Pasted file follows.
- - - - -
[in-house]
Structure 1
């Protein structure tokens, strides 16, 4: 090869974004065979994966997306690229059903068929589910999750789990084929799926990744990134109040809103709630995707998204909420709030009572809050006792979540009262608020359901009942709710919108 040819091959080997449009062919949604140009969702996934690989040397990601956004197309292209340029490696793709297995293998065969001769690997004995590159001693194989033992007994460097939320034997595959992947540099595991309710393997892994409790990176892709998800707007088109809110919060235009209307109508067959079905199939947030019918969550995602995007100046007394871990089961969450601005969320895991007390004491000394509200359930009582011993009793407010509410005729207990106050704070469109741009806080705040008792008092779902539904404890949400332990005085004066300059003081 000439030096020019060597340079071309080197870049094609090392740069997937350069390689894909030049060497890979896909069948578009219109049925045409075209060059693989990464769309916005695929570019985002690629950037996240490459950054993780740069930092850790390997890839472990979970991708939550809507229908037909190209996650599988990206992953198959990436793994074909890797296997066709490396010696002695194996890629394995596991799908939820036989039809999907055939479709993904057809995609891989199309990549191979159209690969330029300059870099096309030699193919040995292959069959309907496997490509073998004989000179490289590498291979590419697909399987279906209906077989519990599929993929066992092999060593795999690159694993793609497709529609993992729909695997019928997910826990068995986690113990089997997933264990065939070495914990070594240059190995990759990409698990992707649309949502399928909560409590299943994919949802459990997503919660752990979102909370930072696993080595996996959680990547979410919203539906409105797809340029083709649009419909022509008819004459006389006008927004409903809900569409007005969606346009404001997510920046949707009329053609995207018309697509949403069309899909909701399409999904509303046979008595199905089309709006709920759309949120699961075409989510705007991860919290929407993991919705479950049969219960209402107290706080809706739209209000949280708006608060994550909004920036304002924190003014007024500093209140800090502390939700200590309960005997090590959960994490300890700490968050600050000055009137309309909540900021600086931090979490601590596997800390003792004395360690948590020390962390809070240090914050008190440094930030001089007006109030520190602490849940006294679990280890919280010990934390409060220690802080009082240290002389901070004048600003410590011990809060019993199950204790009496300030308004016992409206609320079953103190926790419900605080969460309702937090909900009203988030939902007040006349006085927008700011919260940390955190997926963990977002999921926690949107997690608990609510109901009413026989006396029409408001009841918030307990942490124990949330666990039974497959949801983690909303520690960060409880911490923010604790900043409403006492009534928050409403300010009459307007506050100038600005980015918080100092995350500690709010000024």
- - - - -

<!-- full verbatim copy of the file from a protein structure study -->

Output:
[in-house]
Structure 1
């Protein structure tokens, strides 16, 4: 090869974004065979994966997306690229059903068929589910999750789990084929799926990744990134109040809103709630995707998204909420709030009572809050006792979540009262608020359901009942709710919108 040819091959080997449009062919949604140009969702996934690989040397990601956004197309292209340029490696793709297995293998065969001769690997004995590159001693194989033992007994460097939320034997595959992947540099595991309710393997892994409790990176892709998800707007088109809110919060235009209307109508067959079905199939947030019918969550995602995007100046007394871990089961969450601005969320895991007390004491000394509200359930009582011993009793407010509410005729207990106050704070469109741009806080705040008792008092779902539904404890949400332990005085004066300059003081 000439030096020019060597340079071309080197870049094609090392740069997937350069390689894909030049060497890979896909069948578009219109049925045409075209060059693989990464769309916005695929570019985002690629950037996240490459950054993780740069930092850790390997890839472990979970991708939550809507229908037909190209996650599988990206992953198959990436793994074909890797296997066709490396010696002695194996890629394995596991799908939820036989039809999907055939479709993904057809995609891989199309990549191979159209690969330029300059870099096309030699193919040995292959069959309907496997490509073998004989000179490289590498291979590419697909399987279906209906077989519990599929993929066992092999060593795999690159694993793609497709529609993992729909695997019928997910826990068995986690113990089997997933264990065939070495914990070594240059190995990759990409698990992707649309949502399928909560409590299943994919949802459990997503919660752990979102909370930072696993080595996996959680990547979410919203539906409105797809340029083709649009419909022509008819004459006389006008927004409903809900569409007005969606346009404001997510920046949707009329053609995207018309697509949403069309899909909701399409999904509303046979008595199905089309709006709920759309949120699961075409989510705007991860919290929407993991919705479950049969219960209402107290706080809706739209209000949280708006608060994550909004920036304002924190003014007024500093209140800090502390939700200590309960005997090590959960994490300890700490968050600050000055009137309309909540900021600086931090979490601590596997800390003792004395360690948590020390962390809070240090914050008190440094930030001089007006109030520190602490849940006294679990280890919280010990934390409060220690802080009082240290002389901070004048600003410590011990809060019993199950204790009496300030308004016992409206609320079953103190926790419900605080969460309702937090909900009203988030939902007040006349006085927008700011919260940390955190997926963990977002999921926690949107997690608990609510109901009413026989006396029409408001009841918030307990942490124990949330666990039974497959949801983690909303520690960060409880911490923010604790900043409403006492009534928050409403300010009459307007506050100038600005980015918080100092995350500690709010000024």